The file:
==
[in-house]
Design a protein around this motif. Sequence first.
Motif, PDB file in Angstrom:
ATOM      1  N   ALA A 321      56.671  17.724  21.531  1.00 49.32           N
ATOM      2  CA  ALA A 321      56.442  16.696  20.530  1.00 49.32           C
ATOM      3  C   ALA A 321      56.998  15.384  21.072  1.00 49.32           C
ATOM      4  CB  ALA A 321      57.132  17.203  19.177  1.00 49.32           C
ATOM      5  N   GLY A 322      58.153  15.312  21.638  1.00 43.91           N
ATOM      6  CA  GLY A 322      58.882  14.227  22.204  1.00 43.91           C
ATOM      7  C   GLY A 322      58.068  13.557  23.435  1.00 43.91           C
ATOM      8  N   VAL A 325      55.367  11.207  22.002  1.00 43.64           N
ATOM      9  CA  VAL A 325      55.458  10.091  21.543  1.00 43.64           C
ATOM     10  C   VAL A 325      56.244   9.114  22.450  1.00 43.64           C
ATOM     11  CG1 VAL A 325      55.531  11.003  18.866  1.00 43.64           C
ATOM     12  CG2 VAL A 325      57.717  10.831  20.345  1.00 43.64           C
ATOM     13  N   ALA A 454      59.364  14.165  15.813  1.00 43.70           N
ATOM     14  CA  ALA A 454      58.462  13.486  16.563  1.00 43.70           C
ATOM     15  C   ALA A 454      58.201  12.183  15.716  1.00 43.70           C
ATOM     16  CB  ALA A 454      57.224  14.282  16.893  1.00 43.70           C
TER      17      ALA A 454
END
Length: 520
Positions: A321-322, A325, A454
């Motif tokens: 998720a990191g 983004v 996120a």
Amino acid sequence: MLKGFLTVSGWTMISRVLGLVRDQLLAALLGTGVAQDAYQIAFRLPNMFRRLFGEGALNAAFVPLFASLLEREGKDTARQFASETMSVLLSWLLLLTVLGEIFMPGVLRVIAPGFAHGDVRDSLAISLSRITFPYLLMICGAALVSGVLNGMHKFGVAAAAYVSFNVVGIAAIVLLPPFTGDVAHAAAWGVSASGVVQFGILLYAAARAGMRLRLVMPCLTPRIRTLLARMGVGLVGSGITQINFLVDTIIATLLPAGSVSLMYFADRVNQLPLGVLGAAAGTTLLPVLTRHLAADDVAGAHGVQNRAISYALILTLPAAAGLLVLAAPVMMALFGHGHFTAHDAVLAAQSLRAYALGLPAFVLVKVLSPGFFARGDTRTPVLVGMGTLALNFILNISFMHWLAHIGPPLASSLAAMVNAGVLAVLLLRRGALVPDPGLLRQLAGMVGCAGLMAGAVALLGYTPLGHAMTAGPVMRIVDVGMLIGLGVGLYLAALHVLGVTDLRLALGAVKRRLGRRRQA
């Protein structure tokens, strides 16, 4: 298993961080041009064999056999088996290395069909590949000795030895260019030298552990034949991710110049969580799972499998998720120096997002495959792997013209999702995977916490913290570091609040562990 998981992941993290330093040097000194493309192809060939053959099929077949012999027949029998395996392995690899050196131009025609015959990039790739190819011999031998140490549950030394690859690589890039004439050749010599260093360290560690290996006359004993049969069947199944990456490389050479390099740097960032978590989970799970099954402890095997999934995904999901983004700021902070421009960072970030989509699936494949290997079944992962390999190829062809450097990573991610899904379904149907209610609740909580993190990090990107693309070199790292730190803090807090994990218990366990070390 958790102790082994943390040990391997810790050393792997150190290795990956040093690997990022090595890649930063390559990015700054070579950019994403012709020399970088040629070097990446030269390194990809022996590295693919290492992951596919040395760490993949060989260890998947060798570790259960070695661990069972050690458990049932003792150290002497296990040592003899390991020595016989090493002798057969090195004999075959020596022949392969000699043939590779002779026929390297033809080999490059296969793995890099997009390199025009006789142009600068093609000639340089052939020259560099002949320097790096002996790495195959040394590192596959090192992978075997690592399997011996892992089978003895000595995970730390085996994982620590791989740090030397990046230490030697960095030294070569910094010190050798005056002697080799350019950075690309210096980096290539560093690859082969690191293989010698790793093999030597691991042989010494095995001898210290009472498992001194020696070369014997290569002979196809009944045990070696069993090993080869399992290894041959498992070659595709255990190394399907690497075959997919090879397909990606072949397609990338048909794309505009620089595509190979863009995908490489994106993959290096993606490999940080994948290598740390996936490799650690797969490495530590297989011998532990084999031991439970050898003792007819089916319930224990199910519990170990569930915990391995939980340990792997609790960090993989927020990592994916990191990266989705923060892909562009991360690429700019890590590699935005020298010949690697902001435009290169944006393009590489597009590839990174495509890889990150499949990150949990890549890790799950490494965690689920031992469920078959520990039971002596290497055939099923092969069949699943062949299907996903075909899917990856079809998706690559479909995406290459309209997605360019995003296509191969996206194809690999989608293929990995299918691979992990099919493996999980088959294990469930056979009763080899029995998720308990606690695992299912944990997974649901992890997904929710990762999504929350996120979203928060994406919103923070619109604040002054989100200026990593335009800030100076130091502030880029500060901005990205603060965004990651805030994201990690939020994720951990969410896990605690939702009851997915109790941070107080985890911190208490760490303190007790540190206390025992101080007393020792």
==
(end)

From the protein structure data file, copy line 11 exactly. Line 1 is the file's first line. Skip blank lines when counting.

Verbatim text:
ATOM      8  N   VAL A 325      55.367  11.207  22.002  1.00 43.64           N